Glaciers in New Hampshire

Greta Ketchner- SCA NH Corps- Discover the Power of Parks Interpretive Ranger

New Hampshire is a beautiful place to visit, but long before we set foot on paths to go hiking here, there was a large volume of ice which covered the land during the last ice age. Glaciers can act as sandpaper or bulldozers and leave their mark on the land. The force of the glacier moving though land removes all plants in its path and leaves behind a changed landscape. Here are some inspiring local places that have been impacted by glaciers which I have visited since spending the summer here in New Hampshire.

Crawford Notch State Park

Matthew Giambartolomei looking out towards the “U shaped valley” of Crawford Notch from the look out spot on Mount Willard.

Glaciers carve U- shaped valleys when they move through mountain ranges. If you see a U-shaped valley in your travels, consider that it may have been created by a glacier.

Monadnock State Park

Mount Monadnock was impacted by glaciers around 14,000 years ago, when the last little ice age covered most of North America. The shape of Mount Monadnock which we see today was created when the glacier moved over the mountain, traveling from the North-West direction and moving South-East. The White Dot and White Cross Trails, which is one of the most popular routes taken from Park Headquarters, are steeper than some of the alternative trails on the other side of the mountain such as the Dublin or Marlboro trails. Where trails are located on the mountain impacts how steep of a climb hikers will have.

Glacial striations or streaks on the rocks at the Upper Junction of the White Dot and White Cross Trails at Mount Monadnock State Park.
The Sarcophagus, a glacial erratic along the Pumpelly Trail. It got its name due to the shape of the rock, it reminded people of a mummy’s sarcophagus.

Franconia Notch State Park

The Flume Gorge in Franconia Notch State Park, began flowing again as the last glaciers melted. The glaciers may have removed sediment and rocks from the flume but did not significantly impact the gorge.

The Flume Gorge in Franconia Notch State Park, began flowing again as the last glaciers melted. The glaciers may have removed sediment and rocks from the flume but did not significantly impact the gorge.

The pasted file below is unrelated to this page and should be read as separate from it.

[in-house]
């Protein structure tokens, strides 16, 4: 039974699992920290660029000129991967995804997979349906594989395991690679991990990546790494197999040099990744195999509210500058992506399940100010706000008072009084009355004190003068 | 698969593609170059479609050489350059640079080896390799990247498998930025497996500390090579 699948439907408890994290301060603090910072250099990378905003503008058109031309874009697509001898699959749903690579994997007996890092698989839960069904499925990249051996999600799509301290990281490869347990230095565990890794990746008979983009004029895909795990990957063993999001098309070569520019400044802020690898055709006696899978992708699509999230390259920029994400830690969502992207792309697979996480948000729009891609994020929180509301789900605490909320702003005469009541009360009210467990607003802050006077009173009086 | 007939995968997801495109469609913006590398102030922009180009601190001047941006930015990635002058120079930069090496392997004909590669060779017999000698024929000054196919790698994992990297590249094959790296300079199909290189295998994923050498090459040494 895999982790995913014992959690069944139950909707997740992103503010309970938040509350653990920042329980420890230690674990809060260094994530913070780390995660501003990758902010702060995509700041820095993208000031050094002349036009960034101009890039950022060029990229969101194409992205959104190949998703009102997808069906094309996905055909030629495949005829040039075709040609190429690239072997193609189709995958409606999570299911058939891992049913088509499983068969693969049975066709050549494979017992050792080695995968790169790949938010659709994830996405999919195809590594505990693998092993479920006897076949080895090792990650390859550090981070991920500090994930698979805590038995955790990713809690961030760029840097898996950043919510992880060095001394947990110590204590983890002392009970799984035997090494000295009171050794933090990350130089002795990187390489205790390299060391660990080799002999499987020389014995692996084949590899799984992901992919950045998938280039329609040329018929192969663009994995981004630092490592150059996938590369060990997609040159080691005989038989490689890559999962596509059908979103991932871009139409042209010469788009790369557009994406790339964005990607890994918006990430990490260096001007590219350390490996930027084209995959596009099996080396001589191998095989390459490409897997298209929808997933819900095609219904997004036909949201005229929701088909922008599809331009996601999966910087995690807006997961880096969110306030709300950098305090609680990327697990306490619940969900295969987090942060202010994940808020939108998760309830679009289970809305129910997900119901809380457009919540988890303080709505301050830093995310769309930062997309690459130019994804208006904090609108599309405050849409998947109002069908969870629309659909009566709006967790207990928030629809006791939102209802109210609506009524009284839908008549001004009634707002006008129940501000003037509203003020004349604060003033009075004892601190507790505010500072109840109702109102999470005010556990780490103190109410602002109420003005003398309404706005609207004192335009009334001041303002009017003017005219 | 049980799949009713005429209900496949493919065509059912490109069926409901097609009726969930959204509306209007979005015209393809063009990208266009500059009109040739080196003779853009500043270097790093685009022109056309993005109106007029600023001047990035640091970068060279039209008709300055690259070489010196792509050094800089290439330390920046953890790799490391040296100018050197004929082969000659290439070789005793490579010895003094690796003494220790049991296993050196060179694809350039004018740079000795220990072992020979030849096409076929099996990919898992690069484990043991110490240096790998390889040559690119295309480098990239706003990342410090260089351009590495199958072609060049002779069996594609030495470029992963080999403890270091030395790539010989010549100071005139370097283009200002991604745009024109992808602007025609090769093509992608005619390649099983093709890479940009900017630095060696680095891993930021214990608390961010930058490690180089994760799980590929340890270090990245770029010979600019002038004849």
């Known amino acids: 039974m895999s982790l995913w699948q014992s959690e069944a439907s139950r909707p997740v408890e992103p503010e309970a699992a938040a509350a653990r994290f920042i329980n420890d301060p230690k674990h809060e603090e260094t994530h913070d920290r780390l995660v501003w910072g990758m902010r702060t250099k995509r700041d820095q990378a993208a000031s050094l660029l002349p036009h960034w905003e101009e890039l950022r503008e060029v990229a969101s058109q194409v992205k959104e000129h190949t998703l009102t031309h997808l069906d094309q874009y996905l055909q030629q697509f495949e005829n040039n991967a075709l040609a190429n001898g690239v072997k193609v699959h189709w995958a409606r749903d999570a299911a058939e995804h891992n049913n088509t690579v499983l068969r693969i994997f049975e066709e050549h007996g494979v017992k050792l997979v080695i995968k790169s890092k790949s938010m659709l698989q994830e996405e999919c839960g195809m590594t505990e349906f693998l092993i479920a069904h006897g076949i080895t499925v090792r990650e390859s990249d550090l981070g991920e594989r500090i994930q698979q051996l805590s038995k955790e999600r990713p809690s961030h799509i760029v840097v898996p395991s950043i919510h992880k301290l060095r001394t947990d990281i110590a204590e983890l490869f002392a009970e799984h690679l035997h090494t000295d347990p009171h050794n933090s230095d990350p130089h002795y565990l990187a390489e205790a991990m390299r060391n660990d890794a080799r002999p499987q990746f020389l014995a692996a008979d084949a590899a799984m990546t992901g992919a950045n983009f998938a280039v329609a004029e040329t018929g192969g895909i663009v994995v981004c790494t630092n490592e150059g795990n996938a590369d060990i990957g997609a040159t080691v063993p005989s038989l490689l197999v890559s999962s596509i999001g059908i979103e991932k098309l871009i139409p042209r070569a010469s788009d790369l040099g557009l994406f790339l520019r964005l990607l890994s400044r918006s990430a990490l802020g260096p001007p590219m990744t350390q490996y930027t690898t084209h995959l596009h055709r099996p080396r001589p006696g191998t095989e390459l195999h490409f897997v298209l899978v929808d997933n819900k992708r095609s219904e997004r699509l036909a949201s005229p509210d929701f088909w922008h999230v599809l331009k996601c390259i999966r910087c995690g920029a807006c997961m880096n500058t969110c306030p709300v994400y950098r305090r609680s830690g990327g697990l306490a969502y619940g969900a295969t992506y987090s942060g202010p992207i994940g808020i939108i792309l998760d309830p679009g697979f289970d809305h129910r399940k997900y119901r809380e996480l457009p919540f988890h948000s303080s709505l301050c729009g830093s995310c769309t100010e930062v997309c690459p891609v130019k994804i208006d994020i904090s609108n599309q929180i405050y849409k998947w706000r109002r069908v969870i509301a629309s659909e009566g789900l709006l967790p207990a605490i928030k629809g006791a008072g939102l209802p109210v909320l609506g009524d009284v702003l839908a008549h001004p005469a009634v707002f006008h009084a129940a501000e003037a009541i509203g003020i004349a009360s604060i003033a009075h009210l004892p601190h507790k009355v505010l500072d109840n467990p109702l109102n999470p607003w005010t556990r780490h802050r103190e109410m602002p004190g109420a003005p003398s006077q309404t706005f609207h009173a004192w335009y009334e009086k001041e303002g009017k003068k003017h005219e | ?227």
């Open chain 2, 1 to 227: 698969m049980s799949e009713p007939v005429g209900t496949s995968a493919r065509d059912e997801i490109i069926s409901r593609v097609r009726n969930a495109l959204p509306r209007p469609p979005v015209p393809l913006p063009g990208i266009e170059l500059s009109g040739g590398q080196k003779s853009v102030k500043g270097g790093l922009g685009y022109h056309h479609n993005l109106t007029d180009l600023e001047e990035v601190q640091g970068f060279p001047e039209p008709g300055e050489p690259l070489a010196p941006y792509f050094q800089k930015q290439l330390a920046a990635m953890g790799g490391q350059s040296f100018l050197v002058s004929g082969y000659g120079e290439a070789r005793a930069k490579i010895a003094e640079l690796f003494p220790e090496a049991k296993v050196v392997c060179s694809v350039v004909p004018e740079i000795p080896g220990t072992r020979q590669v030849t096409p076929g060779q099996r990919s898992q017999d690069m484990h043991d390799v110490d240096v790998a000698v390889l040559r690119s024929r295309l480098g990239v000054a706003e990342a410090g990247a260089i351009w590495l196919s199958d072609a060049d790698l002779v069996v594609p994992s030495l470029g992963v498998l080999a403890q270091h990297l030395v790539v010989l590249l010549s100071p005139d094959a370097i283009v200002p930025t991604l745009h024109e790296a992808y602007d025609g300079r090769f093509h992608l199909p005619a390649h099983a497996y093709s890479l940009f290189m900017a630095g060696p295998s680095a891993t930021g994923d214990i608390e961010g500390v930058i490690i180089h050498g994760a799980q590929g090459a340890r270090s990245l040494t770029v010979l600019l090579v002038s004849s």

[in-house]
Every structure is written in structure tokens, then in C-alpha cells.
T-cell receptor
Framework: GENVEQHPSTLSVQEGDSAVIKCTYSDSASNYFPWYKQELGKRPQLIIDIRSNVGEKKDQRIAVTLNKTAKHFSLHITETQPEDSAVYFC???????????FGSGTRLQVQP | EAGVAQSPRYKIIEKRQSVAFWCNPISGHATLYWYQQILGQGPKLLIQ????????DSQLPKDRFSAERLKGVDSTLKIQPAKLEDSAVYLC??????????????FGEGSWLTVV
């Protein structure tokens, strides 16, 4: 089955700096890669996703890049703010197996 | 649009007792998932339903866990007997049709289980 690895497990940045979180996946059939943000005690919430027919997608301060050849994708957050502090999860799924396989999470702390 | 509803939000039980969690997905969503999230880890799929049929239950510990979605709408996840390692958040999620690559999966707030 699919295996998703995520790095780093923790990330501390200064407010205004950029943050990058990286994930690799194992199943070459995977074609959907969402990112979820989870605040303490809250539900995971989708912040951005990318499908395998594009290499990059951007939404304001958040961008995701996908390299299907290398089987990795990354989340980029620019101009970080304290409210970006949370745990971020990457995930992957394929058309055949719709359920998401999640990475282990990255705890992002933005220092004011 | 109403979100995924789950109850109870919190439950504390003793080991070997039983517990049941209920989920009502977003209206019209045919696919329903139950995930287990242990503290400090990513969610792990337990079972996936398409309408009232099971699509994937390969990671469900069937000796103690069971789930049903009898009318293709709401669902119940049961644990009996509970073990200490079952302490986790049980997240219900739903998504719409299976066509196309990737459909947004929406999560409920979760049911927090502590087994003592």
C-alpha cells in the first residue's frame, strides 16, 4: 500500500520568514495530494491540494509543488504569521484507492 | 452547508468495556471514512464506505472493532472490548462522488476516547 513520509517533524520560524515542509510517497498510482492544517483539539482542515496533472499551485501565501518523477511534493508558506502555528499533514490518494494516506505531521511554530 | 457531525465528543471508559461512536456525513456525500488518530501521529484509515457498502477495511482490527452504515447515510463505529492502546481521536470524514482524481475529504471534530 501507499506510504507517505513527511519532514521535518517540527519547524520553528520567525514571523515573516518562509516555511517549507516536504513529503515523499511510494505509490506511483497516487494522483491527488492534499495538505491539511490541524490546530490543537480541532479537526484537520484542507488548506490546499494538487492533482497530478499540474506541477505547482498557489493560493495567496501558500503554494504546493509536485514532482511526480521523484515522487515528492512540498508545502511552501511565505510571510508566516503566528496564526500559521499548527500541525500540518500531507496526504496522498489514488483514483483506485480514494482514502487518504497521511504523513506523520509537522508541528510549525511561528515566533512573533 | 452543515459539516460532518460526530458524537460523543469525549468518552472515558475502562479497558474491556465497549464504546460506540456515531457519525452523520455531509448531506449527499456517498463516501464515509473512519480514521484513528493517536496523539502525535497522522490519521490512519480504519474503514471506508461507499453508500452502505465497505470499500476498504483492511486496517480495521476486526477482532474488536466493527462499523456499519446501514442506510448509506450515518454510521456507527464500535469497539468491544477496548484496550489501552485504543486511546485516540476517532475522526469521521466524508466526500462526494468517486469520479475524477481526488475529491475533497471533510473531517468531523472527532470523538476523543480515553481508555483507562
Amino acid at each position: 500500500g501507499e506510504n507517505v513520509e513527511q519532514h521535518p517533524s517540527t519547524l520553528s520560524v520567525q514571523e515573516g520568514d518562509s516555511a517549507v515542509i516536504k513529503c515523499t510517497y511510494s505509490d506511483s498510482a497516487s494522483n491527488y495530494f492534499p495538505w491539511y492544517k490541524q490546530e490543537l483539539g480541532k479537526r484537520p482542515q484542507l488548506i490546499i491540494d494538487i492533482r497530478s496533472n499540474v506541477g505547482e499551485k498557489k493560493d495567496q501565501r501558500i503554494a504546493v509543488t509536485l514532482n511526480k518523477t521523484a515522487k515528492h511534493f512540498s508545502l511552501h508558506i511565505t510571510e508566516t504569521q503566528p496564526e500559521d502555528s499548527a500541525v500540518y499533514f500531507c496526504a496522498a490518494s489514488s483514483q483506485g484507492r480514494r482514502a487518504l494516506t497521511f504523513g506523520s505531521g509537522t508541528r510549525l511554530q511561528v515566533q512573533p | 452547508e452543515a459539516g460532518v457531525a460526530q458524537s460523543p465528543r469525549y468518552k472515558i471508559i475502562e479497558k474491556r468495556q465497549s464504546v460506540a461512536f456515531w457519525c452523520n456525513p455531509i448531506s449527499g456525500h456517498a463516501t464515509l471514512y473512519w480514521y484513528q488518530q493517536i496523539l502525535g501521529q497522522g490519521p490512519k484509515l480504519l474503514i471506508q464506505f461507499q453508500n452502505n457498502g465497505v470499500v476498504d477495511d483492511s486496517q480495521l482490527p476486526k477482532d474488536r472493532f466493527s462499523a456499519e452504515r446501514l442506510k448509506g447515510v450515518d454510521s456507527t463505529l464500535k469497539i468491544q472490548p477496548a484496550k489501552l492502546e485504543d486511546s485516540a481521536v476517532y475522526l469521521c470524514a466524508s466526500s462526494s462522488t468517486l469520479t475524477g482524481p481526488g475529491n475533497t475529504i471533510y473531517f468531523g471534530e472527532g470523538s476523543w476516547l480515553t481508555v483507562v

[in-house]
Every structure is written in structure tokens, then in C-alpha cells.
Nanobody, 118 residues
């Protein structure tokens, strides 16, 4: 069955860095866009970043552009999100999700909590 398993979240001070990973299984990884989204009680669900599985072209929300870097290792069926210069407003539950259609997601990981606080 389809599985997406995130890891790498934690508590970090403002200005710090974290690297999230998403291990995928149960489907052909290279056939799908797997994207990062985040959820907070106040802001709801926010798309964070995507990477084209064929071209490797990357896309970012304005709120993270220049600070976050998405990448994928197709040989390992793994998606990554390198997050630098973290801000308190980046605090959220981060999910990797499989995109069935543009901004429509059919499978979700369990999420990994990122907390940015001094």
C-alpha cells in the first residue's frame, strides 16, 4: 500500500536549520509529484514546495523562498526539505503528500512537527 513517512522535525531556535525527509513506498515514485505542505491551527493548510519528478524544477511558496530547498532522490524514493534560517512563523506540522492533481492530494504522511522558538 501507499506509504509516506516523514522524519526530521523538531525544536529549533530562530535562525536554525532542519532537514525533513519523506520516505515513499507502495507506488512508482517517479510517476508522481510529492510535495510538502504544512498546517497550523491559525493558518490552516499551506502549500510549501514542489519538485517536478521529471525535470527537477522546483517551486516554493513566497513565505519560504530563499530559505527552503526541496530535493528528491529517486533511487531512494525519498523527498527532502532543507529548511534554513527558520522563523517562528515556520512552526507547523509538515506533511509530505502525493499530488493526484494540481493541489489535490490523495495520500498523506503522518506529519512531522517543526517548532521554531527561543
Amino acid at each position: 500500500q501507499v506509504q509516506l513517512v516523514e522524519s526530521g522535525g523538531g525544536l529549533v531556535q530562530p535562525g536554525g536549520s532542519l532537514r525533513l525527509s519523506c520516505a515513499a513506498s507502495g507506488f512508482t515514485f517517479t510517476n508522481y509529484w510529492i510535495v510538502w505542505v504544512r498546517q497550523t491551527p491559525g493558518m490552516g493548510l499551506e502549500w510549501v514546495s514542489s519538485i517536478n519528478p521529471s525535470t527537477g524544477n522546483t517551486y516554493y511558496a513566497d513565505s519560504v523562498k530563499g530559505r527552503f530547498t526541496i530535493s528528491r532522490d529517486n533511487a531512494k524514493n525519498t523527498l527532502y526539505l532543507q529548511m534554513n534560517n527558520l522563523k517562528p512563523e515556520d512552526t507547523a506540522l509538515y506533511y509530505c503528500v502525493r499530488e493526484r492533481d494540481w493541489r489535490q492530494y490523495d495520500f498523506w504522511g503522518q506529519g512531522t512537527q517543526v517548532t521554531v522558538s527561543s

Emma Oley looks at the uniquely shaped glacial erratics along the Flume Gorge trail which were deposited by the last glaciers. Hikers nearby enjoy the views and unique rocks along the trail. While the flume is a highlight, the glacier erratics which are woven among the trees are a must-see at Franconia Notch.

Franconia Notch also has beautiful views along the Franconia Notch Parkway. From a short hike to Artist’s Bluff there is a beautiful view of the U-shaped valley which encompasses the surroundings of the Notch with the highway running through it.

Madison Boulder Natural Area

New Hampshire is famous for having the largest glacier erratic in all of North America. It is located in Madison, New Hampshire. Madison Boulder Natural Area is a great spot to check out if you are nearby in the eastern White Mountains region. Check out this blog post by Tom Howe which explains more about it.

White Lake State Park

View from the First Day Trail along White lake at White Lake State Park.

White Lake is a glacial lake which was formed from glaciers. Glacial lakes typically have crystal clear water. Most lakes in New Hampshire were formed by glacial activity, including Newfound Lake and Lake Winnipesaukee.

Special Thank You to Amy Swift, The Flume Gorge Park Manager from Franconia Notch for allowing me to visit the Flume Gorge in Franconia Notch State Park. I am also grateful for time spent at Glacier Bay National Park as a Distance Learning Intern, which gave me an appreciation for Glaciers and their mighty power. The featured image of this post is Margerie Glacier, a tidewater glacier located in Glacier Bay National Park.

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Discover Power of Parks SCA Interpreters

Discover the Power of Parks is presented by New Hampshire State Parks in collaboration with the Student Conservation Association and AmeriCorps and made possible by generous financial support from Eversource. The program offers a look into the natural world through hands-on programming. Interpretive programs focus on connecting participants with nature and building appreciation for New Hampshire's unmatched natural heritage. Programs include guided hikes, interpretive tours, and imaginative environmental workshops for children and families. Programs are offered free to guests with paid park admission fee. No pre-registration is required.

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